Closed schools, holidays traumatise kids

Closed schools, holidays traumatise kids

As well as sweeping away homes and livelihoods, the worst floods in a hundred years to have engulfed Chennai also ruined the studies of thousands of school-goers.

This time of the year is usually when children spend time at school getting their doubts clarified and working hard for their half-yearly exams. Now, most of them idle away their time at shelters, unable to overcome the shock of losing their study implements.

Some of the children have been traumatised by the fact that everything, right from their schoolbags to books, notebooks and uniforms, have been lost. “I am scared to go to school since most of my books have been washed away (in the flood),” said S Vignesh, a class III student, terrified over the prospect of being scolded by his teacher for not bringing his books.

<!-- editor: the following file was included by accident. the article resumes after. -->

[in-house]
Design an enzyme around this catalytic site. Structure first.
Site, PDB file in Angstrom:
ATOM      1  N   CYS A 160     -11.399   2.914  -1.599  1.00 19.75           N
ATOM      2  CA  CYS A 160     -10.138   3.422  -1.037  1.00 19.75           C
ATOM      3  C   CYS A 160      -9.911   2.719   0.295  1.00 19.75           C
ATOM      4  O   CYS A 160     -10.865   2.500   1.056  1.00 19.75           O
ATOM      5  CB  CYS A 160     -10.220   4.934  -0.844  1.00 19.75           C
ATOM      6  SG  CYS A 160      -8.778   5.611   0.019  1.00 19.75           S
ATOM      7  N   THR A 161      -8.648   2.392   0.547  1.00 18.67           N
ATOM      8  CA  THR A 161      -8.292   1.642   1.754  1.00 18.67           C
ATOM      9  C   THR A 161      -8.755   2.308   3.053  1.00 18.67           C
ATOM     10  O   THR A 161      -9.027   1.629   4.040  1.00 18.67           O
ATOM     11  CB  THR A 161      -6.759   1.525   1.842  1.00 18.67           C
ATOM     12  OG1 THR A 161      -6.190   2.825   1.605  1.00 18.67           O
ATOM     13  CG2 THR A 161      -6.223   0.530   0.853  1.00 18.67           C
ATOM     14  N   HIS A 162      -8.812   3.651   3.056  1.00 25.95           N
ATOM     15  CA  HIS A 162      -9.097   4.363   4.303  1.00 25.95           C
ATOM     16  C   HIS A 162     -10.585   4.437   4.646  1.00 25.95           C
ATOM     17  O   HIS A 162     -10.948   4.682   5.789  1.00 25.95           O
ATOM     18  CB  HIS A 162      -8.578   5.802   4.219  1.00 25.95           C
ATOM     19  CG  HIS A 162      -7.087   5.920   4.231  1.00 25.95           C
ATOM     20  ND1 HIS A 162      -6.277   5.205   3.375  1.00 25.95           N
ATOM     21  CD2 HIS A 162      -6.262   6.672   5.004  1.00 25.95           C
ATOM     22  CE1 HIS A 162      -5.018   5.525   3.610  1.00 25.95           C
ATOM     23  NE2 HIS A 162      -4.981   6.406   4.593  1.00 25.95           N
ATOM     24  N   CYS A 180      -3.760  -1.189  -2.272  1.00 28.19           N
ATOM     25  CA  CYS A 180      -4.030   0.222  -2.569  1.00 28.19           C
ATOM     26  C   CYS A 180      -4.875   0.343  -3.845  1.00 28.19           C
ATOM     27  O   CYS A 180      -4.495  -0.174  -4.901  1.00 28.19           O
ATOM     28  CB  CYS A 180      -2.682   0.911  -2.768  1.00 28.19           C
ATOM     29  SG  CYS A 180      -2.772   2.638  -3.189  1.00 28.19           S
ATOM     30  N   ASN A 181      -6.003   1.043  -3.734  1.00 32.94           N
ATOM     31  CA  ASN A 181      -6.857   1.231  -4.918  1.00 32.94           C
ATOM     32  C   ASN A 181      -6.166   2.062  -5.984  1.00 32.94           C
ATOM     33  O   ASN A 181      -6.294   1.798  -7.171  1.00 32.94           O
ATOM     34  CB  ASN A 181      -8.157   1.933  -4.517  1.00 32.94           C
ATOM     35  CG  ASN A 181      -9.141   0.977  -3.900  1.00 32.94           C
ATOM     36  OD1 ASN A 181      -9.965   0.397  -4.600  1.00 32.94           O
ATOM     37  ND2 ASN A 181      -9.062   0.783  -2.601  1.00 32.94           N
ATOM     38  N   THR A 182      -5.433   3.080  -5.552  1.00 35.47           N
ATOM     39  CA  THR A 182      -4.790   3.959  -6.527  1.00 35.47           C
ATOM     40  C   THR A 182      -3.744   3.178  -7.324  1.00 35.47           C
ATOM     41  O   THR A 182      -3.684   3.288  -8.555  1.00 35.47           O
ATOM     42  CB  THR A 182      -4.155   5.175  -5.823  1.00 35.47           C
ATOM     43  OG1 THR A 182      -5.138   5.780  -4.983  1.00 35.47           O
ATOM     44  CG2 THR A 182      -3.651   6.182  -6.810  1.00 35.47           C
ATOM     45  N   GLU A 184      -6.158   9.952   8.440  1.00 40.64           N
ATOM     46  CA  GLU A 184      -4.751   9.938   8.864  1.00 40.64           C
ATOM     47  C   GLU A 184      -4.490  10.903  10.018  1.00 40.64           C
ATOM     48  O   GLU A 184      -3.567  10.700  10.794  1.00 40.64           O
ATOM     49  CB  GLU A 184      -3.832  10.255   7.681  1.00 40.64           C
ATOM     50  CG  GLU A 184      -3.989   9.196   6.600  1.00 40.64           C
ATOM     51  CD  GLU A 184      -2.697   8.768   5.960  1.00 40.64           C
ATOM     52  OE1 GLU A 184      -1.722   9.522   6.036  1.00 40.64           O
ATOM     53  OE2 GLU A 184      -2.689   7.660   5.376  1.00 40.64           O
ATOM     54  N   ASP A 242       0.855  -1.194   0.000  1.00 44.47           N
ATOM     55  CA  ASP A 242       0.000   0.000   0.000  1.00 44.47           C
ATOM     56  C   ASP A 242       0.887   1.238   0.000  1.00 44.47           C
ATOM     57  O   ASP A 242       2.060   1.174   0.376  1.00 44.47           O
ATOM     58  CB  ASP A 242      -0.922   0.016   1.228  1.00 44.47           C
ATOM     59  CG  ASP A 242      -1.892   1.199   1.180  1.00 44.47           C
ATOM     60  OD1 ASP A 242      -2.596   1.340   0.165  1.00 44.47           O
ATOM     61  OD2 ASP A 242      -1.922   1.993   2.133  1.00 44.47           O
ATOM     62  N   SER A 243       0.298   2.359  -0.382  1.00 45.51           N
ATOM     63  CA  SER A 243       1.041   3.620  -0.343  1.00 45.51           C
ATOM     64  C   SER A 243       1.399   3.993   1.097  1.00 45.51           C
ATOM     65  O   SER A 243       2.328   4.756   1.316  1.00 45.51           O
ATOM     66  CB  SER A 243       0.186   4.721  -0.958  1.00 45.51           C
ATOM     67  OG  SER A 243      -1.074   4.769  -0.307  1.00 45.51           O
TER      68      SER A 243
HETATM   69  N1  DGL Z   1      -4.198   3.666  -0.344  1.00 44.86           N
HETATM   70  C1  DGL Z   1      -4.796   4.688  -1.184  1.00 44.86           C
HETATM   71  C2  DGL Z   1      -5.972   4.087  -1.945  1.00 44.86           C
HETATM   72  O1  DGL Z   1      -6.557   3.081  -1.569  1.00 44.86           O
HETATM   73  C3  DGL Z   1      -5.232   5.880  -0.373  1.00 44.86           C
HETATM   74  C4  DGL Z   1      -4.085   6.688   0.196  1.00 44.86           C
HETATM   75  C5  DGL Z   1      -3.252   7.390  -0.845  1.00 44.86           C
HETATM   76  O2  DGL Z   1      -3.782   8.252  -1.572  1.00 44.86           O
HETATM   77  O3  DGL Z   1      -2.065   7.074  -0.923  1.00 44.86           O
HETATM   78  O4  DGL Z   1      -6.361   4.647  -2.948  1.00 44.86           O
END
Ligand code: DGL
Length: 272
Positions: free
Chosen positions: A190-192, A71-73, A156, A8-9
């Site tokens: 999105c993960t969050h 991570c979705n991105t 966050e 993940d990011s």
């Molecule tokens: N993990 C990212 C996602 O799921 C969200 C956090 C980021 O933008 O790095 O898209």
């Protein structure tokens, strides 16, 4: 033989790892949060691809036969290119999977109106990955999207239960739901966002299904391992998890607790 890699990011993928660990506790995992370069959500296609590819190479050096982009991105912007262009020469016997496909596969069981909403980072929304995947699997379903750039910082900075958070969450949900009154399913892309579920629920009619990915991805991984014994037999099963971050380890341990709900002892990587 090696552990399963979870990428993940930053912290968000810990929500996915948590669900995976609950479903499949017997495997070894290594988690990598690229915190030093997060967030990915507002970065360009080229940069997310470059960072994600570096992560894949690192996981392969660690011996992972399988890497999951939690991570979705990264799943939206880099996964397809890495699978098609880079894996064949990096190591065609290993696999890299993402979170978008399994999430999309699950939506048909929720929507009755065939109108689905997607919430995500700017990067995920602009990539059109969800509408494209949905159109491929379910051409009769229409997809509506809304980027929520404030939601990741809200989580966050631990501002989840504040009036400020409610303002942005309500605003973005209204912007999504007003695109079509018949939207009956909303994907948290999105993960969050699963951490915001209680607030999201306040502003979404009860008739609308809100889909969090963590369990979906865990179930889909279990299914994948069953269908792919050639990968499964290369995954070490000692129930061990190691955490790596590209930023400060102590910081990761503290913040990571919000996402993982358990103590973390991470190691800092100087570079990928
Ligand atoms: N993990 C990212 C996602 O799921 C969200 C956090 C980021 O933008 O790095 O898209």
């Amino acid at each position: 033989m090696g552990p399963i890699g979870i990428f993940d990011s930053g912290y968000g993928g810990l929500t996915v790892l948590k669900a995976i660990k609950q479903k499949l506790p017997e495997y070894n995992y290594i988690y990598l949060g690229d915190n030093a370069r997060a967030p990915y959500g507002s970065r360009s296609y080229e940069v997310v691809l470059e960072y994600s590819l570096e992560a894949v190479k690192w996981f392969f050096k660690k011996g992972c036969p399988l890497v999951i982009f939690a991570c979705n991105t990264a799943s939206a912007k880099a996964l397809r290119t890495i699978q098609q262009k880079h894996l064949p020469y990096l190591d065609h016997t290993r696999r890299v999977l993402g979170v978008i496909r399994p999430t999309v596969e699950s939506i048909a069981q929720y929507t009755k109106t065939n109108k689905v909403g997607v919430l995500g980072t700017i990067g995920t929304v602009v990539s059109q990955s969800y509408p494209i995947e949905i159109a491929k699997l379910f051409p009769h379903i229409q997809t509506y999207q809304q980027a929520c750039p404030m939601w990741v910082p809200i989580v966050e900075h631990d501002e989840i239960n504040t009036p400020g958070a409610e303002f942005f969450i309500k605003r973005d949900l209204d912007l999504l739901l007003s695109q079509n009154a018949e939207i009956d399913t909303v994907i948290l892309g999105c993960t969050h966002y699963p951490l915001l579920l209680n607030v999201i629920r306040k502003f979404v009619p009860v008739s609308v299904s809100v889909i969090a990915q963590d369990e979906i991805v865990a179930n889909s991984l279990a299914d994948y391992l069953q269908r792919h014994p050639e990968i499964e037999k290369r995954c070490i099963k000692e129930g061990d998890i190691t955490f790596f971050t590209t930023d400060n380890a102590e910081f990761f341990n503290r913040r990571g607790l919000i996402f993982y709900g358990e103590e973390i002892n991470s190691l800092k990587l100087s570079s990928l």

Vignesh is aware that everything at home, including his favourite television set, has been swept away in the floods, but nothing seems more miserable than losing his precious books. Primary schoolteacher S Geetha said inability to access their books and a sudden halt to their studies have a demoralising effect on school-goers. Noted psychologist S Mona agreed, saying children suffer from post-flooding traumatic stress, besides depression and phobia.

At several makeshift shelters housing flood victims, which this correspondent visited on Tuesday, the full impact of the catastrophe on livelihoods and education of children was evident. “My daughter is badgering me about school. She is distressed watching the exhausted crowd crying everywhere,” said K Vanaja, resident of the worst-hit suburb of Anankaputhur.

Since her house is fully damaged, Vanaja has no clues as to when she would return and feels frightened by the idea of a long stay at the shelter. The Tamil Nadu government had no choice but to declare a month’s holiday.

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